Mothers’ Day is inevitably full of surprises. Not that I’m naive enough to script the day. Indeed, the older I get, the more I let it go. Run by itself.

That says quite a lot, because I can be something of a control freak.

Anyway, as I said, Mother’s Day is full of surprises and usually goes off script.

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The Family with the balloons before blast off.

So, this morning as we’re heading back to the car after Church, I’m wondering why the kids have wandered off AGAIN. I wasn’t impressed! Started wondering why we can’t all get to the car at the same time and why our family herds like meandering sheep…

Trying to round everyone up, I could see our son was clearly distracted. Indeed, all his attention was clearly focused at the sky and nowhere near the car, going home or my Mothers’ Day lunch.

Yet, in a moment which would’ve made his science teacher proud, he’d launched a shopping bag with a Mother’s Day card into the clouds powered by a bunch of helium balloons. I just managed to catch it visibly heading into the clouds like a dream. Apparently, he’d carefully tested the number of balloons required to achieve the desired amount of lift. This was a scientist at work, being observed by an absolute dreamer (his mother).

This spontaneous gesture filled me with such immense pride. He might not have broken any records, or invented the first shopping bag in space, but my heart was glowing.

That’s not something you can count on with a teen, especially on Mothers’ Day.

Although we did manage to get some photographs, he might just have to: “Play it again, Sam!” (Humphrey Bogart in Casablanca). These pics were hastily snapped on our phones.

It truly was a magical moment!

More Mothers’ Day entertainment to come.

xx Rowena

Featured Image: Photo Credit – My daughter “Miss”.

Messy: How to Be Creative and Resilient in a Tidy-Minded World.

If you could see my desk and take a panoramic view of my house, you’d immediately understand why I bought Tim Harford’s: Messy: How to Be Creative and Resilient in a Tidy-Minded World.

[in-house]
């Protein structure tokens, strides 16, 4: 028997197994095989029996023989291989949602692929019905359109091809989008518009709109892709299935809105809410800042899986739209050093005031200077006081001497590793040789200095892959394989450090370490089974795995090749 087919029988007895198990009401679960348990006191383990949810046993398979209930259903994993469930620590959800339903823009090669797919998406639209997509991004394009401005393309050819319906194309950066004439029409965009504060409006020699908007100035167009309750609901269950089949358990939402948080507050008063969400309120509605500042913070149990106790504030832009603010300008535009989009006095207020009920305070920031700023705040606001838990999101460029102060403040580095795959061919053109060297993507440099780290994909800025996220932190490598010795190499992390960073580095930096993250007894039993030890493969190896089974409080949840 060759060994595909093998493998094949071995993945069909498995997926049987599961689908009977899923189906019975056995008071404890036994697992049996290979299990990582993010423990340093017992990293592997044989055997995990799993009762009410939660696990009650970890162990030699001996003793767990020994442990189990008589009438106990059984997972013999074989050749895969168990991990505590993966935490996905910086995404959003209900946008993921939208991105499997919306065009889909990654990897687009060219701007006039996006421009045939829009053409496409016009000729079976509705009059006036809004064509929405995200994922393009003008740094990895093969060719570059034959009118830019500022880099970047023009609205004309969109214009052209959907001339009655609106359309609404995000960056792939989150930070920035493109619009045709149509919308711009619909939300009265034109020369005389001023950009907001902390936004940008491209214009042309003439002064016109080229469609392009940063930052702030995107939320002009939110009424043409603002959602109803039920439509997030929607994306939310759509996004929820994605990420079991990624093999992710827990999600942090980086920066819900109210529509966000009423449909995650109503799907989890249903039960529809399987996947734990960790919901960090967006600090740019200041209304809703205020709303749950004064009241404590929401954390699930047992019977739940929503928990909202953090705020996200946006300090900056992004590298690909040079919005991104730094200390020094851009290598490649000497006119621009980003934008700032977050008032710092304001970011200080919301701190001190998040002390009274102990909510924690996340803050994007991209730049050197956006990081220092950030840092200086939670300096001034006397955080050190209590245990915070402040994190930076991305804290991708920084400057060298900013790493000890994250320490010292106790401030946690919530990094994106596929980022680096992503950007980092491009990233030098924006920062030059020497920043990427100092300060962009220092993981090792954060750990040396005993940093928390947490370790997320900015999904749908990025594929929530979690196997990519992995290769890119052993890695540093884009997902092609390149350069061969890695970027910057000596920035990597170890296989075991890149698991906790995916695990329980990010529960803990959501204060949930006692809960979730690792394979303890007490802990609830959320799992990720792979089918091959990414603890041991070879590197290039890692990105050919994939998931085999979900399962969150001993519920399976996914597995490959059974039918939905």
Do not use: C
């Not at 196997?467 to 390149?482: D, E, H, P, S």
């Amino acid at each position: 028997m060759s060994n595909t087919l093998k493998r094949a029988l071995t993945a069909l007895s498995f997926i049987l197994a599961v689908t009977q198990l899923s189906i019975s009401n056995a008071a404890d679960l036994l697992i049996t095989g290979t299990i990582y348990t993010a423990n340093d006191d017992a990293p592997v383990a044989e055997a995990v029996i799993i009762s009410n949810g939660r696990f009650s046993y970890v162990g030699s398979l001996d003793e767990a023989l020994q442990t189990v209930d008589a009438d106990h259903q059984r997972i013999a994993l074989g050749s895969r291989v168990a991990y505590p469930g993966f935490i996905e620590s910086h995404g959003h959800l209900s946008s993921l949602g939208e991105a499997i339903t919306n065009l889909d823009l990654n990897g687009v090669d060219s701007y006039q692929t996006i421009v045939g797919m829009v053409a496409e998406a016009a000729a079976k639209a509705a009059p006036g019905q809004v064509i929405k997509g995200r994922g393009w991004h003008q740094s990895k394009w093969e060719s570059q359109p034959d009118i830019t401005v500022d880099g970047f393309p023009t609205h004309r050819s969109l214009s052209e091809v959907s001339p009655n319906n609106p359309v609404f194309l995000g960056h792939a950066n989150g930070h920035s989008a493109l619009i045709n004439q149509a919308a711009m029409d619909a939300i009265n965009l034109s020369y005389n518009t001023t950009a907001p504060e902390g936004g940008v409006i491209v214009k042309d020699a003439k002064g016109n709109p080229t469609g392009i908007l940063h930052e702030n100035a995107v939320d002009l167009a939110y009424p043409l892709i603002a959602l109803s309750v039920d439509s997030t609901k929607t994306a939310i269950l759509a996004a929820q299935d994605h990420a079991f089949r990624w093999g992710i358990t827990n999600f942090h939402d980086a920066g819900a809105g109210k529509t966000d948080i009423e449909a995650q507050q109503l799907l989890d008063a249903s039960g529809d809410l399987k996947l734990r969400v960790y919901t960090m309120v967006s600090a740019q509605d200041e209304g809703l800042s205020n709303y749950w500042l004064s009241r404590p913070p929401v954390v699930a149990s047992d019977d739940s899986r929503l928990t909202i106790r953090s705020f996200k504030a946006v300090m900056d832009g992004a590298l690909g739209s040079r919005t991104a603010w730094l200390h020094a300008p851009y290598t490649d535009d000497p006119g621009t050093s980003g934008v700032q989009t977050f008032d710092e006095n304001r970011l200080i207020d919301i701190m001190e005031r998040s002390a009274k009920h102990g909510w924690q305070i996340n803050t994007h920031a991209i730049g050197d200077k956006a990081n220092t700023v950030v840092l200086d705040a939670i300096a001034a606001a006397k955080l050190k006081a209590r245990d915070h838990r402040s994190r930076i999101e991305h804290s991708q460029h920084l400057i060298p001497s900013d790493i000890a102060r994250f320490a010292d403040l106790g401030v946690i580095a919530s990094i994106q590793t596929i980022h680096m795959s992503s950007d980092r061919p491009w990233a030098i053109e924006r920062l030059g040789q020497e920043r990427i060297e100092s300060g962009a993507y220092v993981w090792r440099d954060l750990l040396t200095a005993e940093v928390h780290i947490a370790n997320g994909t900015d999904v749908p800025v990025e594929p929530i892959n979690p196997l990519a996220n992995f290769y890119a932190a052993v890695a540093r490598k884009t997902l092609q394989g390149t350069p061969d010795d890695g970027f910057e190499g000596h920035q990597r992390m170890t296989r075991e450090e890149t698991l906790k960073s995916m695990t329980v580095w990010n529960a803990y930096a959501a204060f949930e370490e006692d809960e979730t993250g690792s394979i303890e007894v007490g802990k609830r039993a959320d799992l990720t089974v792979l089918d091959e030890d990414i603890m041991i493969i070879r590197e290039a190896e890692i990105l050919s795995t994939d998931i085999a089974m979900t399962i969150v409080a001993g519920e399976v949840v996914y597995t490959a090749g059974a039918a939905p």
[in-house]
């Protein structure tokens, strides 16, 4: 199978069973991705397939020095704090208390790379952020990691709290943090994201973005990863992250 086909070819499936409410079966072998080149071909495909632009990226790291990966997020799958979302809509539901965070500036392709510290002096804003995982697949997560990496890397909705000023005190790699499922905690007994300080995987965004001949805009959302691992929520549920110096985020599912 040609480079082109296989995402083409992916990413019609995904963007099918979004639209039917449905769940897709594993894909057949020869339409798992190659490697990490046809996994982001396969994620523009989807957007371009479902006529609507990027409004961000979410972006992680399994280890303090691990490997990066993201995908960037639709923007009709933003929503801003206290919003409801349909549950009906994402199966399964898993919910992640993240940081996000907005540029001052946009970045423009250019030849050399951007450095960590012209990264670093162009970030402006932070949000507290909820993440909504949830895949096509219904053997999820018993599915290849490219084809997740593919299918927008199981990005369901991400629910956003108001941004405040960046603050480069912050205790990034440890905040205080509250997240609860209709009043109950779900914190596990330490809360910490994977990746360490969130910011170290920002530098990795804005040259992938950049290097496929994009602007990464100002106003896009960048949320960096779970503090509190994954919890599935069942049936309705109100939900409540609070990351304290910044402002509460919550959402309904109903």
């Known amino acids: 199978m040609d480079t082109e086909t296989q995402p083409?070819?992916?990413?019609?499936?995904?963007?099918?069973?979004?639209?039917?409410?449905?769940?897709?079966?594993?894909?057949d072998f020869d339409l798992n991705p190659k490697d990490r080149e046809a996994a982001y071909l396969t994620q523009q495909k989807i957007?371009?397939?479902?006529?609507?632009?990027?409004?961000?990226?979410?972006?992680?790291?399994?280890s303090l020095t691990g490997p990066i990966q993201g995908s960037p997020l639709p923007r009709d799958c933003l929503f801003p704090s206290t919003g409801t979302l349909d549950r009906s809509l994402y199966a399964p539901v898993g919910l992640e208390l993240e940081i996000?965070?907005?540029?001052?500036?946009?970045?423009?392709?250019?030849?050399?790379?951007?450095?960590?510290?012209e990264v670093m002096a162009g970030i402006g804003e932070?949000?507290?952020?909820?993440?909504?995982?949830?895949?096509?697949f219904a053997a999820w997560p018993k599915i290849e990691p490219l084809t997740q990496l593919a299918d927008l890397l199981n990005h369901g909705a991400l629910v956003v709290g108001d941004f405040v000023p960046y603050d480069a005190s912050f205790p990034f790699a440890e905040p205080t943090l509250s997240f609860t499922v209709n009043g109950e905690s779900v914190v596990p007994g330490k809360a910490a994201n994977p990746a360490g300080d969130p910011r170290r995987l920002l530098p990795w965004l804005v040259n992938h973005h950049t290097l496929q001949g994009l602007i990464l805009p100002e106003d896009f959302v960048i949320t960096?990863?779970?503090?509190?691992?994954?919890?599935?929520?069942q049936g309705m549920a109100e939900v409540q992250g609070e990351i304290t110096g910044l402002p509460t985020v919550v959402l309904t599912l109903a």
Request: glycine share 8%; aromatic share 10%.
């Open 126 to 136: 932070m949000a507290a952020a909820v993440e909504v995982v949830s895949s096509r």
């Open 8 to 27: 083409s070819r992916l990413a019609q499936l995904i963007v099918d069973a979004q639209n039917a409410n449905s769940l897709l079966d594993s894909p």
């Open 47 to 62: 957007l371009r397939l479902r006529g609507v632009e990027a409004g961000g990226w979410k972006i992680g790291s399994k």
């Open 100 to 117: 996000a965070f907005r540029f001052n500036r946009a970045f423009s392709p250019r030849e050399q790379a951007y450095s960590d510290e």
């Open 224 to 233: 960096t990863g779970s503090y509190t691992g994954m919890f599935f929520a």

It’s not because I’m anally clean. Rather, it’s because I’m naturally messy, chaotic yet delightfully creative. Indeed, I rarely have any trouble with writer’s block and have more of a problem with creative overflow and all my neurons going off at once.

I didn’t need to think twice when I first spotted the book in  a Surry Hills bookshop in Sydney (the one with the rainbow bicycle out the front). I’d finally found an ally…someone else on my side of the messy desk debate. After all, I’ve long been an advocate of: “Messy desk, active mind”.

However, with the rise of the dreaded Declutter Movement, I’ve been becoming increasingly outnumbered. So, I welcome this book, which will become a handy weapon to defend myself against those marauding armies of preachy declutterers. While it might not be the size of a telephone book or antique Bible, it could still inflict a bit of damage, sending them packing along with their almighty bins.

book pile

However, Messy: How to Be Creative and Resilient in a Tidy-Minded World is far more broad reaching than the state of your desk. I guess it’s saying that you don’t have to be tidy minded to be creative. Indeed, Harford is suggesting quite the reverse. That chaos, shock thinking and juggling multiple projects across disciplines has led to some incredible breakthroughs. That being focused might not be the best approach to generating creative solutions after all. Indeed, he suggests the reverse.

I am still reading Messy and am only up to Chapter 3. While I appreciate that you usually finish the book before you write about it, I couldn’t wait.  I am finding this book so amazing that I’m not just reading it, I am studying it…scrutinising each and every page. That in itself is not exceptional. I always read books with a pen in hand to underline stuff and also jot down striking vocabulary such as “monomaniacal tendencies” in this instance. However, when it comes to this book, my scribbling has reached new heights and I am Googling bits along the way. There’s just so many valuable insights to investigate and explore that I really want to take it as far as I can. Just how far can these revelations take my writing? The way I think? I don’t know but I have very great expectations and am savouring every word along the way.

That’s why I thought I’d run through the book as I go on the blog and I’d like to encourage you to rush out there and buy it, so we can read it together.

When I studied creative writing at university, I was told that “writing is a thinking process”. Therefore, if we’re going to improve our writing, we also need to work on our thoughts, how we think, what inspires us and what helps us take those incredible creative leaps which take us way beyond anything we’ve ever written before.

As a reader, one of my pet hates is the number of writers who write about what it means to be a writer. Added to that, is the high percentage of novels which have have a journalist or writer as the protagonist. There’s such a plethora of characters out there, so why do so many writers stay within their comfort zones?